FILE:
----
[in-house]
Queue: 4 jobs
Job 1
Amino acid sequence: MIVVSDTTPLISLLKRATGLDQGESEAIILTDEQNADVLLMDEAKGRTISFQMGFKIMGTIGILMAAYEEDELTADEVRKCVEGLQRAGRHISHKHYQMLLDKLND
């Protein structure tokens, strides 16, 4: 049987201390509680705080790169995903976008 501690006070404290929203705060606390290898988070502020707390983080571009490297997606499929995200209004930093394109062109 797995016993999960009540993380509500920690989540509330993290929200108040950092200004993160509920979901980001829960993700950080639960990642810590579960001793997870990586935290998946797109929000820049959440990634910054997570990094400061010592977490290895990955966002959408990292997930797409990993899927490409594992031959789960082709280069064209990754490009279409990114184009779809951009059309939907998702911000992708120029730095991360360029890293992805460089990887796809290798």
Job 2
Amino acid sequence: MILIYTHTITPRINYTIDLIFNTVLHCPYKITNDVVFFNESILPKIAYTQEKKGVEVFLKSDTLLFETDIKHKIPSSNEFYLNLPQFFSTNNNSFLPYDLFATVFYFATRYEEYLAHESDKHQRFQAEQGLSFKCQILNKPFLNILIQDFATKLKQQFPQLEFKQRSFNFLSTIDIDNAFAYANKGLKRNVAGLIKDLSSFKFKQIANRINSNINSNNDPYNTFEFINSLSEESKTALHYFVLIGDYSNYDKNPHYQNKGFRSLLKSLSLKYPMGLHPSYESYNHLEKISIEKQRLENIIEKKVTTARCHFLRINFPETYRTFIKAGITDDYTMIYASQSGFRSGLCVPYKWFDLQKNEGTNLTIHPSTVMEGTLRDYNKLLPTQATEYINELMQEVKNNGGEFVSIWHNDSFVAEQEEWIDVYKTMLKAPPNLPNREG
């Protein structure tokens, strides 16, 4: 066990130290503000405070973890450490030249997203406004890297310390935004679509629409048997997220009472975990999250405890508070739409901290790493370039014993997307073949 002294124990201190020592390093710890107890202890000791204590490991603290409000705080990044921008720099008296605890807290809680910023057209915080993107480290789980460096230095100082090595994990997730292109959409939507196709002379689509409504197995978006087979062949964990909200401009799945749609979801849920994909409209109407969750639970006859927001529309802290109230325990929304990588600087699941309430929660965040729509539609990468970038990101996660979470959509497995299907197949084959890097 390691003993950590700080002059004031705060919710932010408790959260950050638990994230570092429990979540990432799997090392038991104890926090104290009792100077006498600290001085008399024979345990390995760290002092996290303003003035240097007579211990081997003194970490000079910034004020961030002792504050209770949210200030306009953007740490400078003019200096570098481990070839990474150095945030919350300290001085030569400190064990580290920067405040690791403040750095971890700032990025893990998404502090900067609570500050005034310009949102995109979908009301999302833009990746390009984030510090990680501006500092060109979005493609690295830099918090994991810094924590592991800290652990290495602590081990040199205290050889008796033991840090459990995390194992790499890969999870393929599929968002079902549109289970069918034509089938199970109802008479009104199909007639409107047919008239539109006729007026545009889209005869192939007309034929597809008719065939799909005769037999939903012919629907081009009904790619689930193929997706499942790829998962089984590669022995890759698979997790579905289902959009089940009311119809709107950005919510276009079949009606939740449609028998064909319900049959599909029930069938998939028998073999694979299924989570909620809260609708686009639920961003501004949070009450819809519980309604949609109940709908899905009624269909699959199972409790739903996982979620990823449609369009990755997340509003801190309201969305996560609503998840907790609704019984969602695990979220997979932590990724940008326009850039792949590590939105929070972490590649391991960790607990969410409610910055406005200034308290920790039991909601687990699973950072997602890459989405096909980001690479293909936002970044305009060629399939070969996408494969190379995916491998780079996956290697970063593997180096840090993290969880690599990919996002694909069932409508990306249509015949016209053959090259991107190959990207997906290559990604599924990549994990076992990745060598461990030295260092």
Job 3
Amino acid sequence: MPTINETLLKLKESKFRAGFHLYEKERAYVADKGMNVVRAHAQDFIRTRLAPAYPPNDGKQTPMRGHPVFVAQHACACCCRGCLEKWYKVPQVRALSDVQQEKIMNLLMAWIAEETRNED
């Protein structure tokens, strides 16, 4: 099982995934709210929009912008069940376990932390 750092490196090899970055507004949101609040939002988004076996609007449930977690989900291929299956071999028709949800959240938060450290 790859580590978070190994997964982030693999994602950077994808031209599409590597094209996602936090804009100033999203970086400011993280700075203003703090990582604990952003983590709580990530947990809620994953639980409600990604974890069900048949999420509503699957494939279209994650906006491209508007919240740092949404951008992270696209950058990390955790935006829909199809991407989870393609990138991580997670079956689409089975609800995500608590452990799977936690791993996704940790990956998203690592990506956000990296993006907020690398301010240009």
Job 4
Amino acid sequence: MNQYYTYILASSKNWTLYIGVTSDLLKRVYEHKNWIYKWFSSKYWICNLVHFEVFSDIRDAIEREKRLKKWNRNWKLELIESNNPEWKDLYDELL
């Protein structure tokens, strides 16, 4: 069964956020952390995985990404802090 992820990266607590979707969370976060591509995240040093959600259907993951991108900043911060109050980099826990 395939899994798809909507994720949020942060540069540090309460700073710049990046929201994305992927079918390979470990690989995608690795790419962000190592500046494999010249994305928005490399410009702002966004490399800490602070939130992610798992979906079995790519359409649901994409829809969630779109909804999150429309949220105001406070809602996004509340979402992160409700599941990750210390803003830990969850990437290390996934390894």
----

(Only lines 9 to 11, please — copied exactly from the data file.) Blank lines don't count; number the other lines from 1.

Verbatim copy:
Job 3
Amino acid sequence: MPTINETLLKLKESKFRAGFHLYEKERAYVADKGMNVVRAHAQDFIRTRLAPAYPPNDGKQTPMRGHPVFVAQHACACCCRGCLEKWYKVPQVRALSDVQQEKIMNLLMAWIAEETRNED
């Protein structure tokens, strides 16, 4: 099982995934709210929009912008069940376990932390 750092490196090899970055507004949101609040939002988004076996609007449930977690989900291929299956071999028709949800959240938060450290 790859580590978070190994997964982030693999994602950077994808031209599409590597094209996602936090804009100033999203970086400011993280700075203003703090990582604990952003983590709580990530947990809620994953639980409600990604974890069900048949999420509503699957494939279209994650906006491209508007919240740092949404951008992270696209950058990390955790935006829909199809991407989870393609990138991580997670079956689409089975609800995500608590452990799977936690791993996704940790990956998203690592990506956000990296993006907020690398301010240009």